You say you have two other dogs (besides the one who doesn't like the new one) in the house. It seems they are fine with the new dog.

You have brought a new dog into the home. You cannot expect them to get along right away since the new one is intruding on the resident dogs' territory. When you are there, keep the new one on leash with you until you are certain they all get along.

I would crate the new one while you are not there to ensure no fights happen until you are certain they will get along. To learn how to crate train, see Susan Garret's crate games. https://www.susangarrett.com/crate-games-online/

Do not punish the dogs for not getting along. This will not help matters but only confuse the dogs. You are there to give them confidence. Just separate them.

The real character of the dog will only show in a few weeks as they learn to trust you and you them. He has to learn the routine, as well.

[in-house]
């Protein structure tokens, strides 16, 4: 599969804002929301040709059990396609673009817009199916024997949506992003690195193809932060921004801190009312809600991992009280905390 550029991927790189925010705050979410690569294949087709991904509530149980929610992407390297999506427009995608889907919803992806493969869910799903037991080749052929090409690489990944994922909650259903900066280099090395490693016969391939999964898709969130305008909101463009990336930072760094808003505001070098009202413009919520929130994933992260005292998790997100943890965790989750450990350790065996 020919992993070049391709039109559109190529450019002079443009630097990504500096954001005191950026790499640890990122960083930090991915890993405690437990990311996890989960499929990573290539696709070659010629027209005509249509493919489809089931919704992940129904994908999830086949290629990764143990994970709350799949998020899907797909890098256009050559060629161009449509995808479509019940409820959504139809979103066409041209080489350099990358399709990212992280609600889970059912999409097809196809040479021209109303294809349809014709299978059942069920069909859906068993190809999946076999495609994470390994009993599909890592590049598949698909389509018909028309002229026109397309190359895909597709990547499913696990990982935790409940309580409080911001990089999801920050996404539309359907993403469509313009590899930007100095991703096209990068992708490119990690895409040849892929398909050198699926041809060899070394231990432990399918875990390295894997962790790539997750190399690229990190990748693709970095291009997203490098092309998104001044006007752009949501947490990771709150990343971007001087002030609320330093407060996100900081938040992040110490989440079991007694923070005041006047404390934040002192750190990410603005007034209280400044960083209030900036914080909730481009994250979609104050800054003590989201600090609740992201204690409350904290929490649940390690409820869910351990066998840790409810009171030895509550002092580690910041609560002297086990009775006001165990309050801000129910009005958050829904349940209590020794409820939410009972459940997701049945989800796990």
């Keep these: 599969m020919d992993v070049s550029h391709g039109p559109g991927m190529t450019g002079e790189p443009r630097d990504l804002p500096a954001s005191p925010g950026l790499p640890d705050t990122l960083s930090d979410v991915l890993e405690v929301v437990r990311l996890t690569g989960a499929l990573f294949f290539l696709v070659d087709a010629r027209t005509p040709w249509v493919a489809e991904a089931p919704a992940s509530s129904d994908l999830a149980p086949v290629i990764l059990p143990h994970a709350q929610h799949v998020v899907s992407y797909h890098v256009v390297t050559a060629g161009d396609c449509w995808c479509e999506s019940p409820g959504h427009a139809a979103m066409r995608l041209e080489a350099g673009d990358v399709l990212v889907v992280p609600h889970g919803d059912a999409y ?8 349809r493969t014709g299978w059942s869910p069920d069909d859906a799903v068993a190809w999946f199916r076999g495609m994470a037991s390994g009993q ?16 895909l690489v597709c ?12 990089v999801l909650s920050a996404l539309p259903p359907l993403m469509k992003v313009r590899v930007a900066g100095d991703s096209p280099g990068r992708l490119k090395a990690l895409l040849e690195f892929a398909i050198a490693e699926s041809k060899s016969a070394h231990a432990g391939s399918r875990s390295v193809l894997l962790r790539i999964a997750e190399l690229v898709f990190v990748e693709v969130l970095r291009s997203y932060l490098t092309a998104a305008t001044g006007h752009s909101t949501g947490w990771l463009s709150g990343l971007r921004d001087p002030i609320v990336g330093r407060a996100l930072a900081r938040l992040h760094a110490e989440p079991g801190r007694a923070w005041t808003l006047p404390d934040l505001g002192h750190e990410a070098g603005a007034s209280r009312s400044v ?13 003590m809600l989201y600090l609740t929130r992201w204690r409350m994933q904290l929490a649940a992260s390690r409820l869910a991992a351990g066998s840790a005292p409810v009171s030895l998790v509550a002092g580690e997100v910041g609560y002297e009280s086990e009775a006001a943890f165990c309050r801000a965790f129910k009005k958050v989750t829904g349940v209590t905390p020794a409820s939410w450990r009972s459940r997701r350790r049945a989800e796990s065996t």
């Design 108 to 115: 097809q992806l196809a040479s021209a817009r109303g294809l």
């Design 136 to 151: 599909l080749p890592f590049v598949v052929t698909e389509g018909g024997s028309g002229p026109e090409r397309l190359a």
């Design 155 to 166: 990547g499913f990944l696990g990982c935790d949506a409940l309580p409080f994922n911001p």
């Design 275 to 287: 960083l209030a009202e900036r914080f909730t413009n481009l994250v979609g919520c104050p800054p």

Oct 21, 2019
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Planning on getting a puppy sometime soon..
by: Anonymous

I have a 9y old female Cat and we are planning on getting a Great Pyrenees as a first time dog. Have been doing research and reading blogs. My Dad has always had German shepherds before I was born. I've never owned a dog I've only had cats. I was also told that Pyrenees aren't the best for first time owners but I plan on doing whatever it takes to train one. I do not believe in giving up my pets so once I adopt they are family till they grow old and pass naturally. Any more advice would help.

Oct 28, 2019
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About the Pyr
by: Donna

It is important to do your research. Here is some summarized information. There is more information on our website that is more in-depth.

Yes, they are beautiful dogs with great temperaments given the right breeding, socialization, care including diet and training. Dogs are a lifelong commitment. If your dog requires critical vet care, make sure you are able to go forward with that.